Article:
Journal of Economic Literature
Vol. 36, No. 4, December 1998


Industrial Organization and New Findings on the Turnover and Mobility of Firms
Richard E. Caves      1947

Whither the World Bank and the IMF?
Anne O. Krueger      1983

The Economics of Wagering Markets
Raymond D. Sauer      2021

Nonrenewable Resource Scarcity
Jeffrey A. Krautkraemer      2065

Empirical Approaches to the Measurement of Welfare
Daniel T. Slesnick      2108

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Industrial Organization and New Findings on the Turnover and Mobility of Firms
Richard E. Caves

Recent research uses census-type longitudinal data to establish many new facts about turnover, entry, and exit among competing firms. Mean regression fosters stable concentration levels. Entrants experience high infant mortality, but entry buys them options to expand. Changes in control resemble a job-matching process. These patterns are reconciled with traditional industrial organization based on equilibrium models to establish relative roles of random and structural determinants of concentration and the normative role of turnover in raising industry productivity and efficiency. The patterns vary little from country to country, except for less sunkenness (more mobility) in developing countries.

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Whither the World Bank and the IMF?
Anne O. Krueger

This article assesses the possible future directions and roles of the International Monetary Fund and the World Bank. It first reviews their initially envisaged roles at Bretton Woods, and their evolution, concluding that both institutions played valuable roles earlier on. But for both institutions, the world has changed, and the questions as to their future are important. For the IMF, those questions center on its role in providing finance for poor developing countries in balance of payments difficulties and on its role for middle income countries in managing financial crises. For the World Bank, the question is whether it can and should gradually phase out lending for most middle income countries except in times of drastic policy reforms and focus on low-income countries, or whether it should address the "soft issues" of development.

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The Economics of Wagering Markets
Raymond D. Sauer

Wagering markets provide a natural laboratory for testing models of market prices and behavior under uncertainty. The literature on wagering, albeit contentious, has established the following. First, prices set in these markets, to a first approximation, are efficient forecasts of outcomes. Second, price changes in these markets are driven by an informed class of bettors and improve prediction. Nevertheless, there are important departures from generic notions of market efficiency. Recent models focusing on diverse information, heterogeneous agents, and transaction costs help to explain these findings.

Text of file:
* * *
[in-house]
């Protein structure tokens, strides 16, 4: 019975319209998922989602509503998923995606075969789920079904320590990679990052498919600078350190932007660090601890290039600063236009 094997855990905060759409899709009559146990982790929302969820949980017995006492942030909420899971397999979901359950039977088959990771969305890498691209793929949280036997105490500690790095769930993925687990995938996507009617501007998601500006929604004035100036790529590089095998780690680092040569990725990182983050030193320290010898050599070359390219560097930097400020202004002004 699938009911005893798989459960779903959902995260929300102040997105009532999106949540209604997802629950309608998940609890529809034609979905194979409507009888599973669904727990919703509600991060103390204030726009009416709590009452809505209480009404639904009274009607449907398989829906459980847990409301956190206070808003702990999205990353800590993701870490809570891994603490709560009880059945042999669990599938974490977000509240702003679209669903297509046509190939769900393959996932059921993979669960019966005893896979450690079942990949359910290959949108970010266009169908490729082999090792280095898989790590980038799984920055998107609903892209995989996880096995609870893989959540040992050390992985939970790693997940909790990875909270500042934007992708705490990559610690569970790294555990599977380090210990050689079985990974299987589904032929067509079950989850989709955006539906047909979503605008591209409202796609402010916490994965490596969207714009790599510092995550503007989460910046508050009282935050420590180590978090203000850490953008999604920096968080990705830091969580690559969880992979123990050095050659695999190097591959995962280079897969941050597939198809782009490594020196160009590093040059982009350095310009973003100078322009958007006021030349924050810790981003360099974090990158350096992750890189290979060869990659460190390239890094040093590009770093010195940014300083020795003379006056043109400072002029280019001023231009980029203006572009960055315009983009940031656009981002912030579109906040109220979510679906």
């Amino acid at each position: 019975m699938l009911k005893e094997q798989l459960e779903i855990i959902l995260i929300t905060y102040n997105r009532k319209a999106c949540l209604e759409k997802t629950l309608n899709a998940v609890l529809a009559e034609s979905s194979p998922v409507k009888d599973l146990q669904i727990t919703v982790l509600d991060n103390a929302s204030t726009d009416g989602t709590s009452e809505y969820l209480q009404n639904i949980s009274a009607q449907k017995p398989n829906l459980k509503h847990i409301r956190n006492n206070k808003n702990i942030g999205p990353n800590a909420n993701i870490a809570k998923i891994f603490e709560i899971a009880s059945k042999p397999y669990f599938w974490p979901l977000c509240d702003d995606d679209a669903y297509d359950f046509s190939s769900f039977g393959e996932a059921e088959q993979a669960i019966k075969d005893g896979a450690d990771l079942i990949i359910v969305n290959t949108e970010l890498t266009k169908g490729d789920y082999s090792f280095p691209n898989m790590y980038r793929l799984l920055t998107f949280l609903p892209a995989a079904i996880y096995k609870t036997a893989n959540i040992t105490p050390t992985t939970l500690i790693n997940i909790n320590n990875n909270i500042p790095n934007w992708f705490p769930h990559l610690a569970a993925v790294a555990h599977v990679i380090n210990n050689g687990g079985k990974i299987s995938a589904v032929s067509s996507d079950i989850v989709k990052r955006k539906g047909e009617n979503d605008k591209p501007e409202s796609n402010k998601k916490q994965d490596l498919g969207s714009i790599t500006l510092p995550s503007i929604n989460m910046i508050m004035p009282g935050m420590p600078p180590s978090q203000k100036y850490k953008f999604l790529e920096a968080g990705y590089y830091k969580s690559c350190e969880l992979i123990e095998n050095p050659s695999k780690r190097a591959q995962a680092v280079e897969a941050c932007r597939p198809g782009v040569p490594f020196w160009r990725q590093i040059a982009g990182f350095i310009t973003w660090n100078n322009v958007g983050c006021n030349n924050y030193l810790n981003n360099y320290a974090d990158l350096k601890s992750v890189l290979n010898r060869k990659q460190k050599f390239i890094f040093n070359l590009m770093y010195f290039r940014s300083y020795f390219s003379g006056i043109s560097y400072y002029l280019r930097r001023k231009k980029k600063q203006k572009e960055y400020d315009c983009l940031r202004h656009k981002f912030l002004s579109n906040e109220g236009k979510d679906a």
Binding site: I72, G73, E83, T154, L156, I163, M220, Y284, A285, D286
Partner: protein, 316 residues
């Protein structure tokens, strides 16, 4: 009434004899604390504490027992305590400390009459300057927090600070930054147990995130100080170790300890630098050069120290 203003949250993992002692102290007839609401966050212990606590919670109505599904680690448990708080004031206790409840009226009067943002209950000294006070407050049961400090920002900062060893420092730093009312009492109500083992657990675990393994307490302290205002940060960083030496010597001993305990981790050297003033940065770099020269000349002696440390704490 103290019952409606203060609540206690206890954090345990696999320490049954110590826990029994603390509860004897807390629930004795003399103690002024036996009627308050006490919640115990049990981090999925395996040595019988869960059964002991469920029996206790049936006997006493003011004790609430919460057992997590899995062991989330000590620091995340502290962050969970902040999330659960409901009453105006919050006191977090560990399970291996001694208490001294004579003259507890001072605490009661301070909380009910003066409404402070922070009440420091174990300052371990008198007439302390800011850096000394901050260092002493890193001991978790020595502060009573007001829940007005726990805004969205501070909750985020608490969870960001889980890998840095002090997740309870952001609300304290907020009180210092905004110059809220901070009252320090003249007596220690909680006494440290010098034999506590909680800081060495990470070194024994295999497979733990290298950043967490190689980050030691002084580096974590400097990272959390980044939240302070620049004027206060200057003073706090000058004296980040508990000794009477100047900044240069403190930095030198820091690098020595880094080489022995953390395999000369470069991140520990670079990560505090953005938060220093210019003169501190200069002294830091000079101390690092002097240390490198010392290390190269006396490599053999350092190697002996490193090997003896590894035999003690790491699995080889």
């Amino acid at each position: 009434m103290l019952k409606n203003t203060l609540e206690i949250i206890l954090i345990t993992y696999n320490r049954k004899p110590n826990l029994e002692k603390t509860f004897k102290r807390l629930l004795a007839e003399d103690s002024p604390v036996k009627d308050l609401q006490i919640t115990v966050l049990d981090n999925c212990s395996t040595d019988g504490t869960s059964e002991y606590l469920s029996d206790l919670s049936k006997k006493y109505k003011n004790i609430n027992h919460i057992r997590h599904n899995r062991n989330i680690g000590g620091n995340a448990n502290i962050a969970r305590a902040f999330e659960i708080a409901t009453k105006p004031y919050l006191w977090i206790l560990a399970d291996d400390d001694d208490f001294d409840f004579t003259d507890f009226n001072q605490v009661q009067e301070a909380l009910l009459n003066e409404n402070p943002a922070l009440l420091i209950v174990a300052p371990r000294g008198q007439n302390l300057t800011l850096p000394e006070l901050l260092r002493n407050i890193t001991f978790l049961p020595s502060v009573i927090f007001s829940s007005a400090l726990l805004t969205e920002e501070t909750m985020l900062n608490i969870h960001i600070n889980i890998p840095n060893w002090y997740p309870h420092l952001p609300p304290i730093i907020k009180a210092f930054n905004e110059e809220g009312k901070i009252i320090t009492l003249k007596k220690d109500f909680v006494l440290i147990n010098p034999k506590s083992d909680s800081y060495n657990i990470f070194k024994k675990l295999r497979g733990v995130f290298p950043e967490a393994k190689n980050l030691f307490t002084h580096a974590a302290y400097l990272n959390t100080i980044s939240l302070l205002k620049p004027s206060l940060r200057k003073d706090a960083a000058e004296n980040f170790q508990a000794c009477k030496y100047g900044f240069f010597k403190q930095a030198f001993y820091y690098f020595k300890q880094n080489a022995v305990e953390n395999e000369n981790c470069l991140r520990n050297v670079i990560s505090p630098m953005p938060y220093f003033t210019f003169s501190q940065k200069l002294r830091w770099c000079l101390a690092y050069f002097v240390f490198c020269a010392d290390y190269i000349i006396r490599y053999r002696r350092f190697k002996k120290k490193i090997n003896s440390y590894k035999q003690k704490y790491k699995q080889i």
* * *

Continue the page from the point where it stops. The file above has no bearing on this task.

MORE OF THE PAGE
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Nonrenewable Resource Scarcity
Jeffrey A. Krautkraemer

Nonrenewable resource theory often is summarized by Hotelling's rule. This paper reviews theoretical extensions and empirical investigations of resource extraction models. Observed data are often inconsistent with the Hotelling rule, suggesting that other characteristics of nonrenewable resource supply, including exploration, heterogeneous ore quality, technological progress, and capital investment, are important determinants of the dynamic behavior of resource prices. Given the persistent recurrence of concern about nonrenewable resource scarcity, measures of nonrenewable resource scarcity and the empirical evidence for the time trends of those measures are reviewed. Finally, the implications of nonrenewable resource scarcity for economic growth are examined.

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Empirical Approaches to the Measurement of Welfare
Daniel T. Slesnick

It has now been over twenty-five years since Arnold Harberger (1971) published his open letter to the profession, in which he proposed a set of guidelines for applied welfare economics. Since then, there has been great progress in the implementation of measures of welfare that are ordinally equivalent to household utility. While welfare measurement at the micro level is of independent interest, of greater practical concern is the issue of the well-being of groups of households. In the second half of the survey, I examine the issue of the aggregation of welfare across households and describe a framework that provides a consistent ranking of social outcomes.

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"Economic Perspectives on Corporate Social Responsibility"by Markus Kitzmueller and Jay Shimshack has received considerable attention since its publication in the March 2012 issue of the Journal of Economic Literature. The AEA is proud to make this article complimentary through our website: [Full-Text Article]

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